• Global equities rocked by Trump immigration ban

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    LONDON: Asian and European stock markets sank on Monday with dealers spooked by uncertainty over Donald Trump’s divisive immigration ban, dealers said.

    The newly-installed US president on Friday signed an executive order banning travellers from seven Muslim-majority countries that was met with widespread outrage from world leaders and mass global protests.

    “Global indices have started on the back foot after US President Trump announced one of his most radical policies yet, in the form of a travel ban,” said CMC Markets analyst Michael Hewson.

    “The resulting press criticism and mass protests appear to have pushed some investors to the sidelines as rising uncertainty in the ability of the president not to cause damage to the US economy starts to increase, and uncertainty rarely bodes well for financial markets.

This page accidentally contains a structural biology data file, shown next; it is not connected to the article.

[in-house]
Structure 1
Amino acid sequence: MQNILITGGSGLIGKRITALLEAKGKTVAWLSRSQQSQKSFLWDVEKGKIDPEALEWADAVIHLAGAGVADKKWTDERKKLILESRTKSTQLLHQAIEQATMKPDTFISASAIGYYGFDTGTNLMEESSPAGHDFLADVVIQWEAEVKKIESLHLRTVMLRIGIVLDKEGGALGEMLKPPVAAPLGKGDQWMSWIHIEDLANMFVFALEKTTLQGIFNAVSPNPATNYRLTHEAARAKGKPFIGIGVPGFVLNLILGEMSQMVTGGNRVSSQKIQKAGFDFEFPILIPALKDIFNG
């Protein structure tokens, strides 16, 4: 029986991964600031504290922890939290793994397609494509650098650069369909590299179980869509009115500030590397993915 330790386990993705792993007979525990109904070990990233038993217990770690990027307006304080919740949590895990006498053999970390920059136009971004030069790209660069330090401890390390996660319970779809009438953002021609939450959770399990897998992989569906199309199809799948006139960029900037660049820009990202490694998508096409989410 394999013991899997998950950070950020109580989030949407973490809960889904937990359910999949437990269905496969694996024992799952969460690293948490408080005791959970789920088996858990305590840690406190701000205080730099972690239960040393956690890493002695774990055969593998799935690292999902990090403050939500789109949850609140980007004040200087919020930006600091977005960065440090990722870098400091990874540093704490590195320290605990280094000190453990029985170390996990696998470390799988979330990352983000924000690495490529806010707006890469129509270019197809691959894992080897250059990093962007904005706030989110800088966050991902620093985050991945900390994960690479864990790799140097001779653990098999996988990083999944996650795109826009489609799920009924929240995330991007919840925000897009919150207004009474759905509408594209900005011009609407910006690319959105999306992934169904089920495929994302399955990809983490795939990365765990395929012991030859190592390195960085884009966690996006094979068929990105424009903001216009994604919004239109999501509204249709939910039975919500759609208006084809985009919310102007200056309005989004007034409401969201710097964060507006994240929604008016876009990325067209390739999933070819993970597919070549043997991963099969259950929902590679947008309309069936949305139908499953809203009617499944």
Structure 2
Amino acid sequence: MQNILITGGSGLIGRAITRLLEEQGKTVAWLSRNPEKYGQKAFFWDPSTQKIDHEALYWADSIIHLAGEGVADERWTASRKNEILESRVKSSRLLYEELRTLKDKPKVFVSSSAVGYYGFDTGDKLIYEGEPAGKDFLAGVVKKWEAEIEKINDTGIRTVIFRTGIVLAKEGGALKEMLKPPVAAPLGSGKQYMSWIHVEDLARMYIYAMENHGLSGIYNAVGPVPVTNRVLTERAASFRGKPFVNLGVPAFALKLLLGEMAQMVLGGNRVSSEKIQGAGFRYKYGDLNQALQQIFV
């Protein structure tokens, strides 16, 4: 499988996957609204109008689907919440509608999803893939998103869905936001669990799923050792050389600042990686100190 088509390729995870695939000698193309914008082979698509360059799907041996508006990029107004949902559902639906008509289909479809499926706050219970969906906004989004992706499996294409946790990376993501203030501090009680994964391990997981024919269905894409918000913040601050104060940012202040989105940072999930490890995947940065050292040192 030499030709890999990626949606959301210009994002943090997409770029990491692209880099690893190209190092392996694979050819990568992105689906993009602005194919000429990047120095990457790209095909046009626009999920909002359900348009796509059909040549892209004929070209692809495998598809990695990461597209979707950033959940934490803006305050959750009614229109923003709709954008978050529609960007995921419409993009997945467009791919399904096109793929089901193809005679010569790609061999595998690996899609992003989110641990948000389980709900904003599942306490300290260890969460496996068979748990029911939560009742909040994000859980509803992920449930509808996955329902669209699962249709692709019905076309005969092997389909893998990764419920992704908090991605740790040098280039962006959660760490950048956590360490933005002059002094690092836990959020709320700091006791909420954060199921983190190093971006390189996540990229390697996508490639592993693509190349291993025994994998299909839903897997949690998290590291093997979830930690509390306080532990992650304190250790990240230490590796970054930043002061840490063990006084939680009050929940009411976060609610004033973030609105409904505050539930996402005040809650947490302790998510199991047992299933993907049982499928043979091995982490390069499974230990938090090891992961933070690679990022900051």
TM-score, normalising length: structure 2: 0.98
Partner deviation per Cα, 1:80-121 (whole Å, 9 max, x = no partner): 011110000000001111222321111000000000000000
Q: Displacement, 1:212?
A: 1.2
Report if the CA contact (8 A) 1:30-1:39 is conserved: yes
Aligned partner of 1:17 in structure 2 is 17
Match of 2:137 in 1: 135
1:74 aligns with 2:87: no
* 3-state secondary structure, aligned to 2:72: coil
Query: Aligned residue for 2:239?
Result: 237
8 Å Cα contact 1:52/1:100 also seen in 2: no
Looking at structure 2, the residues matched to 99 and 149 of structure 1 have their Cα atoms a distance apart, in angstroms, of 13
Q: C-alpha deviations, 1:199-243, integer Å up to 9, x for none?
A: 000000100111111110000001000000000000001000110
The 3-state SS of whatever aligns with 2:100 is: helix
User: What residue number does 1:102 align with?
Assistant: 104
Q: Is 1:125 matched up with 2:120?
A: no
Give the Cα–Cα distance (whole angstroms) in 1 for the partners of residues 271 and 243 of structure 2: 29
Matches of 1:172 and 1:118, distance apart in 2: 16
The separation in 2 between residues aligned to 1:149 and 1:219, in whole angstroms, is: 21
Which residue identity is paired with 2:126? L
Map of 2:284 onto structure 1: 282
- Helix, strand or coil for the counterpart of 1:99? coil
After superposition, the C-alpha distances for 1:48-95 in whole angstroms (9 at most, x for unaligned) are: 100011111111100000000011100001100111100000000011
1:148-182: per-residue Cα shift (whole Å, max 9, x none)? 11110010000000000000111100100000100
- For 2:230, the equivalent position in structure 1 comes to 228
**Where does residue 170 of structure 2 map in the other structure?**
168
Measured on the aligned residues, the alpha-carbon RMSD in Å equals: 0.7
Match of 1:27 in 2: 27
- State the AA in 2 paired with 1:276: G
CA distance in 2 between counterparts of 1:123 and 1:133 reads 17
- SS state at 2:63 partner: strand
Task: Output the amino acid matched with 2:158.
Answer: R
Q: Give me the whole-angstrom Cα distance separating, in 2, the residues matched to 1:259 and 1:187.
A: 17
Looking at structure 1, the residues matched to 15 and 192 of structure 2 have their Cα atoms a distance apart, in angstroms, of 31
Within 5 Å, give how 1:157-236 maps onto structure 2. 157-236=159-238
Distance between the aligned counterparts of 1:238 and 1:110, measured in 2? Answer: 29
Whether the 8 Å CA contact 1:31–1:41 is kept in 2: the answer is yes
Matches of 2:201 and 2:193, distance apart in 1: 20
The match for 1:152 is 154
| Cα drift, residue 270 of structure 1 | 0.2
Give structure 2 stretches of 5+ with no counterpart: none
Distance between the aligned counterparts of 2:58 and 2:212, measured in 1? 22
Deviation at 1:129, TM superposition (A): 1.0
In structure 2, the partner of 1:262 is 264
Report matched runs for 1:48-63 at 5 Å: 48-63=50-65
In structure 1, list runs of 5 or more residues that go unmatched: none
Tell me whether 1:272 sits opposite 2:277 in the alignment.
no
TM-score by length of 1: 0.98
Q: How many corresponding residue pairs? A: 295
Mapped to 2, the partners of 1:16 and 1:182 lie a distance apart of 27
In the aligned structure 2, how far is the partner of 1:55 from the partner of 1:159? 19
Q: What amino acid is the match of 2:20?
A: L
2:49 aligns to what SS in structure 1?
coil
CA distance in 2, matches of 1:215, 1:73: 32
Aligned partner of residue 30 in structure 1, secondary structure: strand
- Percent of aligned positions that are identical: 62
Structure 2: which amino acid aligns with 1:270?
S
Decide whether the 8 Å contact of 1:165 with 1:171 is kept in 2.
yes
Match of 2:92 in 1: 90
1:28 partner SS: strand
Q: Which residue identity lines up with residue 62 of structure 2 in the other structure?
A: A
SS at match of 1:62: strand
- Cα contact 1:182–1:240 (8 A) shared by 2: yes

“This uncertainty has filtered across into European markets,” Hewson added.

    In foreign exchange, the dollar dived against its major rivals on the back of Trump woes, while Asian markets were subdued in holiday-thinned trade.

    A disappointing reading on US economic growth added to the downbeat sentiment with Wall Street ending last week on a negative note.

    “The main focus over the weekend has been Trump’s immigration policy and it won’t necessarily surprise to see some heat coming out of the dollar,” said IG market strategist Chris Weston.

    “Whether the markets start to price in a stronger Trump risk premium is yet to be seen.”

    Resilience

    Analysts said markets have shown resilience despite a series of controversial moves by Trump in his first week in office, including a row with Mexico over trade and his proposed border wall, rows with the media over his inauguration crowds and unsupported assertions that millions of people voted illegally in the 2016 election.

    This was put down to hopes he will stick to his promise to ramp up infrastructure spending, cut taxes and slash red tape to boost economic growth and corporate profits.

    Eyes are now on the Friday release of US jobs data for January, which comes a week after figures showing US growth reached a sluggish 1.9 percent in October-December, well below the 3.5 percent in the third-quarter and below expectations.

    The weak figures helped dampen sentiment on Wall Street, where the Dow edged lower Friday, at the end of a week in which it broke 20,000 points for the first time.

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